And yet, the Protestant Reformers themselves—Martin Luther, John Calvin, and Ulrich Zwingli—honored the perpetual virginity of Mary and recognized it as the teaching of the Bible, as have other, more modern Protestants. []
I just had to look into that for myself.  Did Martin Luther and John Calvin really recognize "the perpetual virginity of Mary" as the teaching of the Bible? I spent way too much time reading about this. The short answers: Martin Luther held to this belief. As for John Calvin, well... he was on the fence, as far as I can tell. Luther went so far as to call anyone that denied this a heretic. Calvin just said that scripture does not say that she wasn't. He affirms that the Bible teaches that Mary was a virgin before and at the birth of Jesus, and nothing in scripture convinces him that this changed afterward.

There seems to be an inclination to elevate Mary to a position above what Scripture seems to support. The Word does indicate that she has a position of honor (Luke 1:28, 48), and yet it appears that even during Jesus' life people were inclined to go past honor and instead place Mary on a pedestal:
As he said these things, a woman in the crowd raised her voice and said to him, "Blessed is the womb that bore you, and the breasts at which you nursed!"
But he said, "Blessed rather are those who hear the word of God and keep it!"  (Luke 11:27-28)
So, I leave this part of my study better informed (though unconvinced) about what I think I would classify as a tertiary point of doctrine, as it doesn't seem to hold any bearing on soteriology or ecclesiology.

God's Will

What does Jesus mean when He says, "whoever does the will of God"?  Right away I recognize that He says, "does" - not "knows".  There is definitely a difference between knowing a thing and doing that thing.  I believe that falls into the category of "walking your talk".  
But he answered them, "My mother and my brothers are those who hear the word of God and do it."(Luke 8:21 - emphasis mine)

Notice the parallel drawn between the Gospels of Mark and Luke in this point. Mark says, "whoever does the will of God" while Luke says, "those who hear the word of God and do it". The word of God and the will of God are equated. Interesting concept to meditate on.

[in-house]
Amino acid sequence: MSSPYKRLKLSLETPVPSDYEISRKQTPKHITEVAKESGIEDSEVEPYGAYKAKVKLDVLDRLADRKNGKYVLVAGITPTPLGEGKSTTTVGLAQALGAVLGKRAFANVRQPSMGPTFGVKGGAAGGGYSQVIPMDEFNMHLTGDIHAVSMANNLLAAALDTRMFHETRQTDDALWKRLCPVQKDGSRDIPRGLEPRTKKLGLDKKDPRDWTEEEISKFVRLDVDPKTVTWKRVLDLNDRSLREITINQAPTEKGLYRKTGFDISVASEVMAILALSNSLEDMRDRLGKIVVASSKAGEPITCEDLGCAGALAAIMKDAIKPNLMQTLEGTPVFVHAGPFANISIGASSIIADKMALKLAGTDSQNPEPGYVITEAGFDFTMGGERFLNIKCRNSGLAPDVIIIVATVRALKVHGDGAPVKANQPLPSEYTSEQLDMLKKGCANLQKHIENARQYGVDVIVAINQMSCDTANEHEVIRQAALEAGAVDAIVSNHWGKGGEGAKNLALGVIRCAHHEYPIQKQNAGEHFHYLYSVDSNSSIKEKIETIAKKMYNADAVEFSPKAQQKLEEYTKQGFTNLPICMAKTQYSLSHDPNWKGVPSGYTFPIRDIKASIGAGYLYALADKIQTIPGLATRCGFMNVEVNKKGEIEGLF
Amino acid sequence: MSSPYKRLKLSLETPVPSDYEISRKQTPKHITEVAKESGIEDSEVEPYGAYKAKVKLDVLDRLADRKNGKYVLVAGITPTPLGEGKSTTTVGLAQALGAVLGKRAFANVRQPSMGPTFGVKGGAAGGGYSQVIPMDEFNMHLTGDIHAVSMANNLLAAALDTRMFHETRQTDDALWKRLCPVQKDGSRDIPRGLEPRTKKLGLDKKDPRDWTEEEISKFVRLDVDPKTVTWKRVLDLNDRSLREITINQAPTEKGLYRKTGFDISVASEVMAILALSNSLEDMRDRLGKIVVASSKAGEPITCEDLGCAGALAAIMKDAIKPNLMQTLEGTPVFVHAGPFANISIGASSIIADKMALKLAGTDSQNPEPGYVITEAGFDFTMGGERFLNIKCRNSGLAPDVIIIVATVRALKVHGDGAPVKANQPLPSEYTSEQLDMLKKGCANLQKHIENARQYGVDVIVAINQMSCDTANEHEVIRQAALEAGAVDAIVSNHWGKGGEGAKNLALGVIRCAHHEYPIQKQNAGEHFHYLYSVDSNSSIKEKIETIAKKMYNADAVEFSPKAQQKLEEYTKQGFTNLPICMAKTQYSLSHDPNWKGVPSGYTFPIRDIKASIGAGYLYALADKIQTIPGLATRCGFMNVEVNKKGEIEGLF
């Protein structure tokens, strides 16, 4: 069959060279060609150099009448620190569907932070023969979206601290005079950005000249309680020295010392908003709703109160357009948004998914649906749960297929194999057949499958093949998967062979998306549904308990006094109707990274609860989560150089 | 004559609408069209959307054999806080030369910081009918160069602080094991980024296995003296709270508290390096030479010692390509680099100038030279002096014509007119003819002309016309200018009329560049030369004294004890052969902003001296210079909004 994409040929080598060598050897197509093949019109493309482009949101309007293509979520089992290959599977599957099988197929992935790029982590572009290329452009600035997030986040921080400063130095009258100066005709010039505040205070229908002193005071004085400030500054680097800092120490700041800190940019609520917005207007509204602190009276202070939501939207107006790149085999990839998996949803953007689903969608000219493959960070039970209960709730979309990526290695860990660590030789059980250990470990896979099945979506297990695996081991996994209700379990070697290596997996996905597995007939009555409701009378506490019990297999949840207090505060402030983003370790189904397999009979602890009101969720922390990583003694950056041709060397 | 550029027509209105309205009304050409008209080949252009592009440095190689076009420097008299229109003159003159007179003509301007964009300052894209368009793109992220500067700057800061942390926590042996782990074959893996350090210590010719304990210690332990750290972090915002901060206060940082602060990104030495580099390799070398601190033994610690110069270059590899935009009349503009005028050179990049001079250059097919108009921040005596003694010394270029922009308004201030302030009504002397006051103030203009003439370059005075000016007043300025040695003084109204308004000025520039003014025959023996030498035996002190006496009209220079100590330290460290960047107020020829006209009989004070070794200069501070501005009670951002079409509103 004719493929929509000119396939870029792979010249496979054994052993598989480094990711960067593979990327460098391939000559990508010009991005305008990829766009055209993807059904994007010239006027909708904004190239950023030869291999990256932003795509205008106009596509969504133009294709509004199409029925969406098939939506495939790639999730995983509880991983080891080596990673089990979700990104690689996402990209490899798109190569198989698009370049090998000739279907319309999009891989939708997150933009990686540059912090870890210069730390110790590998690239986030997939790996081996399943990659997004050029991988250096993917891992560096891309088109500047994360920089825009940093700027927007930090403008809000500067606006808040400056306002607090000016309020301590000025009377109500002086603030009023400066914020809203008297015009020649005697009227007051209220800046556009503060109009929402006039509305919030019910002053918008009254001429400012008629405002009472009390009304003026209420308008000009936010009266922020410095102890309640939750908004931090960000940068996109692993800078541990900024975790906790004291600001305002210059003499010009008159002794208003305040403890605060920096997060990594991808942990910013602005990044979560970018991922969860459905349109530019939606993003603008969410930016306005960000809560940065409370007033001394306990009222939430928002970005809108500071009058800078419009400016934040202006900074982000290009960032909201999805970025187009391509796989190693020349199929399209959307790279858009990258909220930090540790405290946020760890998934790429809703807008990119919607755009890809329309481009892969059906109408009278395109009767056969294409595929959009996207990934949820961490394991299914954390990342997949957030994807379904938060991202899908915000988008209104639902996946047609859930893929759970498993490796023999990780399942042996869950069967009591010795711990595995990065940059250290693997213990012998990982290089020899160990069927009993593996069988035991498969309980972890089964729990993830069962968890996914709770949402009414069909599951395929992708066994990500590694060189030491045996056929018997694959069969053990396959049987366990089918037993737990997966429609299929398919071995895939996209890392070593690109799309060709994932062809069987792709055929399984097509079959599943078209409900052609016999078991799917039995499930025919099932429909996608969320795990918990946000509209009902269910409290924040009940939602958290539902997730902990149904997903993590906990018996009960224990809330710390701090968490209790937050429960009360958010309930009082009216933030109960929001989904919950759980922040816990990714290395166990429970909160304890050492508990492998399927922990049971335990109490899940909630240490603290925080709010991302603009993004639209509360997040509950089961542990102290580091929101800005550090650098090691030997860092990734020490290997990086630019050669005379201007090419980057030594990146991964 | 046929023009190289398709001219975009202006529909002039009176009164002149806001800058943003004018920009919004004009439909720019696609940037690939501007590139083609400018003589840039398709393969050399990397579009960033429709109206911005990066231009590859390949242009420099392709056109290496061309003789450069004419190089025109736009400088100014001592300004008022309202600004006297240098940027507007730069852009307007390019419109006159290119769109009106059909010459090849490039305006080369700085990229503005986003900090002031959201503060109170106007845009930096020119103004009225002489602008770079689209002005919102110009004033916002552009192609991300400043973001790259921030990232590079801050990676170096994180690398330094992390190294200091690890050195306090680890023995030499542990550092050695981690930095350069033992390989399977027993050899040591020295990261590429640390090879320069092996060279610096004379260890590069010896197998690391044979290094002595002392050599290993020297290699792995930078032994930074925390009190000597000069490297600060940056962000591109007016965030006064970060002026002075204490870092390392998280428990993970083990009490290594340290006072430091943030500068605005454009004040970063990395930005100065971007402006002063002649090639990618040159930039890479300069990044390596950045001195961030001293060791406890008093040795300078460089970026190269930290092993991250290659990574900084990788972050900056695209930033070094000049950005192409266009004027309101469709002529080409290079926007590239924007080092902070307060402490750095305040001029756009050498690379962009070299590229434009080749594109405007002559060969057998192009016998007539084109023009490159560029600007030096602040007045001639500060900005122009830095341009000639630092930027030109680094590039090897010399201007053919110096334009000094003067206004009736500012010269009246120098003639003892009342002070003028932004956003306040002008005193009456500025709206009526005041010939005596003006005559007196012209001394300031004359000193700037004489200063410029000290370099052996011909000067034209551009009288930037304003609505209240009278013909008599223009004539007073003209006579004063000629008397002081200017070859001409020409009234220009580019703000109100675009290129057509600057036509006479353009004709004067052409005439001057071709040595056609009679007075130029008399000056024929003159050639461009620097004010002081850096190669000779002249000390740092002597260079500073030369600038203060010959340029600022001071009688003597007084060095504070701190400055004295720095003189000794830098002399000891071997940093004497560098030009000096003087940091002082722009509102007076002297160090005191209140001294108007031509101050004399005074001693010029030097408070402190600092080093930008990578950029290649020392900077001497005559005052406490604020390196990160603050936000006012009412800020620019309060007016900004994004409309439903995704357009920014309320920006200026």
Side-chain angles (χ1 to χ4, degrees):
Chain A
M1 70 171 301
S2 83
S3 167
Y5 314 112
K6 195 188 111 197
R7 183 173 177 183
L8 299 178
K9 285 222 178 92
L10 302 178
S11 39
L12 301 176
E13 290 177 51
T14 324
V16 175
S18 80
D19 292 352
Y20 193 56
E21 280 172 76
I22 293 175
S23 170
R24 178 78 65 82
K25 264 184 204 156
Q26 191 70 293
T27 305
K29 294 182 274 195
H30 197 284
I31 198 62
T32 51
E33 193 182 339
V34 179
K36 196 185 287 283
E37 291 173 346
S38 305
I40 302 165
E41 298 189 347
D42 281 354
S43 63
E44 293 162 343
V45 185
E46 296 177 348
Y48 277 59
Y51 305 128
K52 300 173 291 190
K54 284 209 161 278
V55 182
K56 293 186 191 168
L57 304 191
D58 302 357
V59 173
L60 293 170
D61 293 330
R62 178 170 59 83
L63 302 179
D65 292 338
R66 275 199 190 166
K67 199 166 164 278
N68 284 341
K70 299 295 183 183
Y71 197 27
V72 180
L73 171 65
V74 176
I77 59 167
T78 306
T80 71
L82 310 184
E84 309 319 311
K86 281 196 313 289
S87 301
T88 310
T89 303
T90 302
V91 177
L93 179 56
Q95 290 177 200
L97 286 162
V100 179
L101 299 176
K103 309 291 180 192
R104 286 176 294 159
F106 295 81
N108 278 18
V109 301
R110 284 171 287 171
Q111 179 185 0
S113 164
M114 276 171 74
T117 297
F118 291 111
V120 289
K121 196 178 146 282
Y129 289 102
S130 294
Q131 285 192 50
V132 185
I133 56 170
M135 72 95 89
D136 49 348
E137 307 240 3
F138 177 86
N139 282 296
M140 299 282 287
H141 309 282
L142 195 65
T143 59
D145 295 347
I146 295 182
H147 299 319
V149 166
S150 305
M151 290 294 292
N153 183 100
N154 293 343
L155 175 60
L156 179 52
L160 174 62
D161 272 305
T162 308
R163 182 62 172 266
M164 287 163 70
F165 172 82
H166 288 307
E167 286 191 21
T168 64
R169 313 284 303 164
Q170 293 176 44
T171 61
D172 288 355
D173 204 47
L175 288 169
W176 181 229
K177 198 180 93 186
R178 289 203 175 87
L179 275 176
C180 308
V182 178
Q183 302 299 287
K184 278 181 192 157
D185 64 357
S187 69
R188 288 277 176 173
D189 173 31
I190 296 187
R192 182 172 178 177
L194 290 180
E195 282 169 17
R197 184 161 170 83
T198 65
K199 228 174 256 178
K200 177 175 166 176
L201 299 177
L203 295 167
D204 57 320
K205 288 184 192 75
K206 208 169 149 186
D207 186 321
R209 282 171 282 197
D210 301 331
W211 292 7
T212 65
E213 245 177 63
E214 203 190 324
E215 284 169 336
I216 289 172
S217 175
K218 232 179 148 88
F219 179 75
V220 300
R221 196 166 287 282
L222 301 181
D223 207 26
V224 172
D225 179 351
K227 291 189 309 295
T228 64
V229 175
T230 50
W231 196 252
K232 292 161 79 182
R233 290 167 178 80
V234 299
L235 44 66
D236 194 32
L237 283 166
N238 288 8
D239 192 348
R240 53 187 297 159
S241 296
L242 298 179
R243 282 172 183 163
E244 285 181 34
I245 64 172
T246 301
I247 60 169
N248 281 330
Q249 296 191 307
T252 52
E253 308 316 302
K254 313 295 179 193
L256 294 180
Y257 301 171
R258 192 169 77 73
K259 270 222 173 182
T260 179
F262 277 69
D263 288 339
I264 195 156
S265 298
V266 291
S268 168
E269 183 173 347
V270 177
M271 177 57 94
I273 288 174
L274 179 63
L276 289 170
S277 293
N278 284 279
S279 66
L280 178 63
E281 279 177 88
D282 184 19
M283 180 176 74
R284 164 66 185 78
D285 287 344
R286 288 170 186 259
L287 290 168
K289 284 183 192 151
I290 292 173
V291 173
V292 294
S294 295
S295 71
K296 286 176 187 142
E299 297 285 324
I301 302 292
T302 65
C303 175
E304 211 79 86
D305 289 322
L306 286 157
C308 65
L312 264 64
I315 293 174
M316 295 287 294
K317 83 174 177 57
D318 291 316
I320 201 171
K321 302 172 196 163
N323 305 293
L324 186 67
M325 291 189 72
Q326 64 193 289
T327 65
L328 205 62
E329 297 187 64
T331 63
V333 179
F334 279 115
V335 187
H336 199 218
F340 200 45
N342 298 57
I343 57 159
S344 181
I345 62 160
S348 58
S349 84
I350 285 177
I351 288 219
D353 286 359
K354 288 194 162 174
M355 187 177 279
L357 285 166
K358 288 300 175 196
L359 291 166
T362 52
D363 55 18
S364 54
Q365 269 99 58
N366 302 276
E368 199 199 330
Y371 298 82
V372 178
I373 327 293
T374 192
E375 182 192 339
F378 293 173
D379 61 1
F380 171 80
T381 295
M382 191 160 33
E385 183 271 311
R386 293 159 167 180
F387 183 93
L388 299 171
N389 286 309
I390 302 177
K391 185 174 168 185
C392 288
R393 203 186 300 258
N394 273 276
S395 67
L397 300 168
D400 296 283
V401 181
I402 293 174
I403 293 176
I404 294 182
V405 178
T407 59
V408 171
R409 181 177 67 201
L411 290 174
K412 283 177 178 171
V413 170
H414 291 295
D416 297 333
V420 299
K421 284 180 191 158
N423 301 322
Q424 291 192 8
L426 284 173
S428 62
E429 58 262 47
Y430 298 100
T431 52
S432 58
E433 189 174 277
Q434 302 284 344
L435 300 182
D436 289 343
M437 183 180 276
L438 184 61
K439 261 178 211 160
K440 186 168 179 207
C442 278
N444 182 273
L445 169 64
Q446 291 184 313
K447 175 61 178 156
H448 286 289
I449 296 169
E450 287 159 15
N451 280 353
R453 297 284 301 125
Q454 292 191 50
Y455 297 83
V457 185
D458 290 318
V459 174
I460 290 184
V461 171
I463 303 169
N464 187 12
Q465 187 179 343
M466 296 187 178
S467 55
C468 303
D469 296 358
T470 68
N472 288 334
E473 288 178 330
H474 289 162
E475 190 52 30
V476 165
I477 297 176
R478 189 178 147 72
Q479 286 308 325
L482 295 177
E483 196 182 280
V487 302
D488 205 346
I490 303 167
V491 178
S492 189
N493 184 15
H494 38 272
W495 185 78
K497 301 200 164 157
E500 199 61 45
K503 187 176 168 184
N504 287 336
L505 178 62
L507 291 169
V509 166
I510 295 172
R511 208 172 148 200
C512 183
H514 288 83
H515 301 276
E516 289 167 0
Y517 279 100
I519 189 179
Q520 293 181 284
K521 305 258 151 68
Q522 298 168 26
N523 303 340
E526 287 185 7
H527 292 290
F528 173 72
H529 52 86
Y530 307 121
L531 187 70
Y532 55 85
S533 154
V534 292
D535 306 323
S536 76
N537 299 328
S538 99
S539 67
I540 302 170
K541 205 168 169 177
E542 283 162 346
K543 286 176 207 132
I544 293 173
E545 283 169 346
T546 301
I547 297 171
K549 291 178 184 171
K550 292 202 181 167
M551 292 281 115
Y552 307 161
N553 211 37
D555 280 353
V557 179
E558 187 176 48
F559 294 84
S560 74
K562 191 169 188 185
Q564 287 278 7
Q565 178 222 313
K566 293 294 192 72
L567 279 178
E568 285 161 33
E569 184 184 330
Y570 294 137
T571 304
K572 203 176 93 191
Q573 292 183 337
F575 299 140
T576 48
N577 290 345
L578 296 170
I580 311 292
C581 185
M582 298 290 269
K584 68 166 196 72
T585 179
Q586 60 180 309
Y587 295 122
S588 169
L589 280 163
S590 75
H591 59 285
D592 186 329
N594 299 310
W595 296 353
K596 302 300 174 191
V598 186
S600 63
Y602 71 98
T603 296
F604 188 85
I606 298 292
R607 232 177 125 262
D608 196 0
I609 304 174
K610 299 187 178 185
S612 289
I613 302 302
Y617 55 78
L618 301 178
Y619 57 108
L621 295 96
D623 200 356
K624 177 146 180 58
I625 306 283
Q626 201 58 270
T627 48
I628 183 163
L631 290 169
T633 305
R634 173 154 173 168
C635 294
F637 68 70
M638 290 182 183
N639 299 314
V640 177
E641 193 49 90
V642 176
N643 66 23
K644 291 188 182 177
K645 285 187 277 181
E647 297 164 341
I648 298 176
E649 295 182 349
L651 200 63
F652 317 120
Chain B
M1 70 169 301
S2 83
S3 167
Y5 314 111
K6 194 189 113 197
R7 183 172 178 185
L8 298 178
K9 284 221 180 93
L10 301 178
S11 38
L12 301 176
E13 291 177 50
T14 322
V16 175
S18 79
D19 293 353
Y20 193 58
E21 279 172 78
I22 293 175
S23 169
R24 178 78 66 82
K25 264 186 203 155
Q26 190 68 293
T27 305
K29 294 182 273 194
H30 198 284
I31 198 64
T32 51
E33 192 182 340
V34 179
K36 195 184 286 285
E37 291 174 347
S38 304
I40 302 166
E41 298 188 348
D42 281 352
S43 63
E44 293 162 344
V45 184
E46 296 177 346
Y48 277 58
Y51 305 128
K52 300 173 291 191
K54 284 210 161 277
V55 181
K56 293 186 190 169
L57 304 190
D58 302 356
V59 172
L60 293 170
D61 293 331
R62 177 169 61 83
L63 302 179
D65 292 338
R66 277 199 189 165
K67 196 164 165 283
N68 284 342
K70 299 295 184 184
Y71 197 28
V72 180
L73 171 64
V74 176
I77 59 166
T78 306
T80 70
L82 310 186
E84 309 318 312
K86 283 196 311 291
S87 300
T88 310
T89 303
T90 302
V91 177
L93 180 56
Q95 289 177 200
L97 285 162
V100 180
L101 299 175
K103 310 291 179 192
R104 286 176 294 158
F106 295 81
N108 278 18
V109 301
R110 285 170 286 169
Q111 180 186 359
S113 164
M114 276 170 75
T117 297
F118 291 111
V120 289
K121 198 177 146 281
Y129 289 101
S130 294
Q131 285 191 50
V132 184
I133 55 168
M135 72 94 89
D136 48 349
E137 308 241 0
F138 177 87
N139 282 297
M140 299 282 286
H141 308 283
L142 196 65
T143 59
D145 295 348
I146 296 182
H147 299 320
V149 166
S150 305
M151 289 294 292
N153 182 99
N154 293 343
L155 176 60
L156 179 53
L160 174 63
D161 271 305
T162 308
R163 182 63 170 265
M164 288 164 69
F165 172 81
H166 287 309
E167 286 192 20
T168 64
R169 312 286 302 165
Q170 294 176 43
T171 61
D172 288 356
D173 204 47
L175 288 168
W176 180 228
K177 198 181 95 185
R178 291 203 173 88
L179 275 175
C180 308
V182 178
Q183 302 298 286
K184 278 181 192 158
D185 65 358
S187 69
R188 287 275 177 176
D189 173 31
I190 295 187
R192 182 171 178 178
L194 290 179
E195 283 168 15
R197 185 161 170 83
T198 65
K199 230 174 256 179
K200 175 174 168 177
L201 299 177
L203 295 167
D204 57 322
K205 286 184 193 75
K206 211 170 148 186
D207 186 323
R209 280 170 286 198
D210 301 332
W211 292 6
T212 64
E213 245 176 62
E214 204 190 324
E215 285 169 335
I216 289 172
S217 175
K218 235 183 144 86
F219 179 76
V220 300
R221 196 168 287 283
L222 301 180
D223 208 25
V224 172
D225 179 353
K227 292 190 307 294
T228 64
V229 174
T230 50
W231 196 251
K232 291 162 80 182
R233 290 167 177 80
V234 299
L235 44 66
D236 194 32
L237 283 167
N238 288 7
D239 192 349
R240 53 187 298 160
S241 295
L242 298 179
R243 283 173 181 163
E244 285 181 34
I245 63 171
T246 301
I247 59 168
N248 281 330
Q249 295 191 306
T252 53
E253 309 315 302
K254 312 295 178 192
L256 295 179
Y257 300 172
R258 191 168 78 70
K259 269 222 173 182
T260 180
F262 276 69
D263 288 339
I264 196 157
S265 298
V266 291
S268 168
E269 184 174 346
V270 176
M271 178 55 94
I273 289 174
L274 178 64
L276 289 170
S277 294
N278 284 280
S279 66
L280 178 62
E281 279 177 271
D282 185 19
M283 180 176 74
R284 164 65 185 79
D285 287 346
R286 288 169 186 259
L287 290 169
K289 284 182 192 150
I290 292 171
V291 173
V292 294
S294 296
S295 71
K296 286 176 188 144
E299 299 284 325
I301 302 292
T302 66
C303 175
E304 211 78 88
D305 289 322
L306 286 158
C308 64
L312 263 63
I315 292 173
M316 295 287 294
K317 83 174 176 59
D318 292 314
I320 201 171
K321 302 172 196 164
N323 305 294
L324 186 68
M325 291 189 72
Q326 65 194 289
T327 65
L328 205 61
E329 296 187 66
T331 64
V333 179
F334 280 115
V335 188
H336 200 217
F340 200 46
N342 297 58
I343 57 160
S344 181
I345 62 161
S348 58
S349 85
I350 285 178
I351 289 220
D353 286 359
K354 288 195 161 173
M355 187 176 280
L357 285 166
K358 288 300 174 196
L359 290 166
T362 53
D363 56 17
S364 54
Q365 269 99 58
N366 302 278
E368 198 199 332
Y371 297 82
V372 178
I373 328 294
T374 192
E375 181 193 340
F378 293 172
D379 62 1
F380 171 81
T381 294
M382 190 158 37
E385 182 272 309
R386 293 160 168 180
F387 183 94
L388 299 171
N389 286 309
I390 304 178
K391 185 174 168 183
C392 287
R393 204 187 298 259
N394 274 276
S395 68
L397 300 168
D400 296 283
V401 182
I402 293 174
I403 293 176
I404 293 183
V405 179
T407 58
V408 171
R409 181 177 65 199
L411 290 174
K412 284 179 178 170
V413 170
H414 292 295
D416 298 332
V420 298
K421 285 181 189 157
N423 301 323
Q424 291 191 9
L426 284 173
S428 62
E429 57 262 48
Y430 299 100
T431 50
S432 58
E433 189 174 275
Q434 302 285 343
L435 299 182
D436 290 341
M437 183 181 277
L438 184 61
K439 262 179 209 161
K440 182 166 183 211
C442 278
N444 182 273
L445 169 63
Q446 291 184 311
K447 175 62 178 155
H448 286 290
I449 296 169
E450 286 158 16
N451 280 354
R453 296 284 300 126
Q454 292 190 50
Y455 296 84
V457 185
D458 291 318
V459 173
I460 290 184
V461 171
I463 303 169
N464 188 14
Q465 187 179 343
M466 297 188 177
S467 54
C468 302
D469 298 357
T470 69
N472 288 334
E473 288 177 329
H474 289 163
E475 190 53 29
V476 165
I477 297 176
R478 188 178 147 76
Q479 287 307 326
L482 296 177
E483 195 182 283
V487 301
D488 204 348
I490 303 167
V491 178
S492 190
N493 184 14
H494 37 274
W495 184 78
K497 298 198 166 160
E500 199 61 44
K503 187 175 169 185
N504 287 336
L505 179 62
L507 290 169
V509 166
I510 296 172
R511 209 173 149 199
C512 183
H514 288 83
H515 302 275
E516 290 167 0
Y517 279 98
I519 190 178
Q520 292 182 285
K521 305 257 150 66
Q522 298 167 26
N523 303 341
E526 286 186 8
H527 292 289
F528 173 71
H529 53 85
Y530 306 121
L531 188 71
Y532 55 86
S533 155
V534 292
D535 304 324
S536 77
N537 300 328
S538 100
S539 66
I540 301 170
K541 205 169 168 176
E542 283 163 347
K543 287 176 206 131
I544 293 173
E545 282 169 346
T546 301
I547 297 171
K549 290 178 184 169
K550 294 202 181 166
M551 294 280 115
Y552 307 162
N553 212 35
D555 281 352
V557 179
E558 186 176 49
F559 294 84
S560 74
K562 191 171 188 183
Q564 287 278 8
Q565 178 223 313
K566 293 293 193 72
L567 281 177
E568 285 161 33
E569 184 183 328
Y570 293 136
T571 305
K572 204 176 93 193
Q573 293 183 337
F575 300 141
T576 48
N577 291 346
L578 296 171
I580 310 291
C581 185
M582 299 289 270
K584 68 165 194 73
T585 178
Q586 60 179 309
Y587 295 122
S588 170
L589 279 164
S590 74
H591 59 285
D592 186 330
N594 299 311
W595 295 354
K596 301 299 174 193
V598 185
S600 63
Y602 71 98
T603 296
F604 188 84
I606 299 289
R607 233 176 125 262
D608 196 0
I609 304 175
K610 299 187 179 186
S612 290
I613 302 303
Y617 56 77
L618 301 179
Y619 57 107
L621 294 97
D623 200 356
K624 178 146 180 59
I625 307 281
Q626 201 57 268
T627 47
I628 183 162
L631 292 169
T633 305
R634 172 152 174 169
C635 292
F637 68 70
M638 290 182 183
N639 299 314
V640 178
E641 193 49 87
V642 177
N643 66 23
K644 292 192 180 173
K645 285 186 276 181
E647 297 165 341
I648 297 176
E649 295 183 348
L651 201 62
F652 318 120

So then, does the New Testament speak of "the will of God"? Well, sure it does. [The following emphasis' are mine.]
And the world is passing away along with its desires, but whoever does the will of God abides forever.  (1 John 2:17)
"Not everyone who says to me, 'Lord, Lord,' will enter the kingdom of heaven, but the one who does the will of my Father who is in heaven. (Matthew 7:21)
If anyone's will is to do God's will, he will know whether the teaching is from God or whether I am speaking on my own authority. (John 7:17)
Therefore do not be foolish, but understand what the will of the Lord is. (Ephesians 5:17)
We see it referred to but are we told what exactly it means? I believe so.
  • 2 Peter 3:9 says that God is, "not willing that any should perish but that all should come to repentance."  
  • 1 Timothy 2:4 states that He, "desires all people to be saved and to come to the knowledge of the truth."
  • 1 Thessalonians 4:3 straight out says that, "this is the will of God, your sanctification".  It then goes on to specify:
    • "that you abstain from sexual immorality;
    • "that each one of you know how to control his own body in holiness and honor, 
    • "not in the passion of lust like the Gentiles who do not know God;
    • "that no one transgress and wrong his brother in this matter"
  • 1 Peter 2:15 says, "For this is the will of God, that by doing good you may put to silence the ignorance of foolish men."  To what good is this referring?
    • "Submit yourselves to every ordinance of man for the Lord’s sake; whether to the king as supreme, or to governors, as to those who are sent by him for the punishment of evildoers and for the praise of those that do good. For this is the will of God, that by doing good you may put to silence the ignorance of foolish men – as free, yet not using liberty as a cloak for vice, but as servants of God." (1 Peter 2:13-16)
  • 1 Peter 4:19, "Therefore let those who suffer according to the will of God commit their souls to Him in doing good, as to a faithful Creator."
  • 1 Peter 3:17, "For it is better, if the will of God be so, that you suffer for well-doing, than for evil-doing."
  • 2 Timothy 3:12, "Yes, and all who desire to live godly in Christ Jesus will suffer persecution."
  • 1 Thessalonians 5:16-18, "Rejoice always, pray without ceasing, in everything give thanks; for this is the will of God in Christ Jesus concerning you."
In the broad strokes, the will of God for man is encompassed in the following: salvation, sanctification, submission, suffering, joy, prayer, and giving.

In Christ's words then, those that conform to these things are His family; His brothers, sisters, and mother. Why does He not say, "and father"?  If I had to take a stab at this, it would be because He only acknowledges The Father - no one else can be His father.
And call no man your father on earth, for you have one Father, who is in heaven. (Matthew 23:9)
If we that do these things are His brother, and sister, and mother, then that means He is our Brother.